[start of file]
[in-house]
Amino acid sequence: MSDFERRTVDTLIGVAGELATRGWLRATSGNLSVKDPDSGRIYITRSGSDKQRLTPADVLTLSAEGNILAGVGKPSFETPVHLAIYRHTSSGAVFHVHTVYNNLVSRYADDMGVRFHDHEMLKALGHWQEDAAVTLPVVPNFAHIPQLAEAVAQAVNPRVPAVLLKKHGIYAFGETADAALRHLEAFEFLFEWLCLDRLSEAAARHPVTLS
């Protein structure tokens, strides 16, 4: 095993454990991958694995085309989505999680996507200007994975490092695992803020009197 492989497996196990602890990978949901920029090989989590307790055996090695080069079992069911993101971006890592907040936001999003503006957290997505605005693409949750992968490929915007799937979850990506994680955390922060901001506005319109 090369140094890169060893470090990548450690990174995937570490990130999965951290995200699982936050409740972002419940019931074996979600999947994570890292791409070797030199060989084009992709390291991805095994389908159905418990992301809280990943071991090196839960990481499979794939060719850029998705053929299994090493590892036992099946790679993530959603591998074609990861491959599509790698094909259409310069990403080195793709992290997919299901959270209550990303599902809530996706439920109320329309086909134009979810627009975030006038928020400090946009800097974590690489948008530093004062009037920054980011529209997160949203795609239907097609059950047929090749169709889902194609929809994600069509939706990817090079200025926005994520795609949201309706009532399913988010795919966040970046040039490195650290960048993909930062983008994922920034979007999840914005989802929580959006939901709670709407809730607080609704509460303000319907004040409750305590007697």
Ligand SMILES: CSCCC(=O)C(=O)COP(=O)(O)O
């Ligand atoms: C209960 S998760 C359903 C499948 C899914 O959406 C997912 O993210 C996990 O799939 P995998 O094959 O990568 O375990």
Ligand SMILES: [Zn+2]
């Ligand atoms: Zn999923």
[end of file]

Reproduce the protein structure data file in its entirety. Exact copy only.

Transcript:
[in-house]
Amino acid sequence: MSDFERRTVDTLIGVAGELATRGWLRATSGNLSVKDPDSGRIYITRSGSDKQRLTPADVLTLSAEGNILAGVGKPSFETPVHLAIYRHTSSGAVFHVHTVYNNLVSRYADDMGVRFHDHEMLKALGHWQEDAAVTLPVVPNFAHIPQLAEAVAQAVNPRVPAVLLKKHGIYAFGETADAALRHLEAFEFLFEWLCLDRLSEAAARHPVTLS
């Protein structure tokens, strides 16, 4: 095993454990991958694995085309989505999680996507200007994975490092695992803020009197 492989497996196990602890990978949901920029090989989590307790055996090695080069079992069911993101971006890592907040936001999003503006957290997505605005693409949750992968490929915007799937979850990506994680955390922060901001506005319109 090369140094890169060893470090990548450690990174995937570490990130999965951290995200699982936050409740972002419940019931074996979600999947994570890292791409070797030199060989084009992709390291991805095994389908159905418990992301809280990943071991090196839960990481499979794939060719850029998705053929299994090493590892036992099946790679993530959603591998074609990861491959599509790698094909259409310069990403080195793709992290997919299901959270209550990303599902809530996706439920109320329309086909134009979810627009975030006038928020400090946009800097974590690489948008530093004062009037920054980011529209997160949203795609239907097609059950047929090749169709889902194609929809994600069509939706990817090079200025926005994520795609949201309706009532399913988010795919966040970046040039490195650290960048993909930062983008994922920034979007999840914005989802929580959006939901709670709407809730607080609704509460303000319907004040409750305590007697």
Ligand SMILES: CSCCC(=O)C(=O)COP(=O)(O)O
């Ligand atoms: C209960 S998760 C359903 C499948 C899914 O959406 C997912 O993210 C996990 O799939 P995998 O094959 O990568 O375990």
Ligand SMILES: [Zn+2]
């Ligand atoms: Zn999923």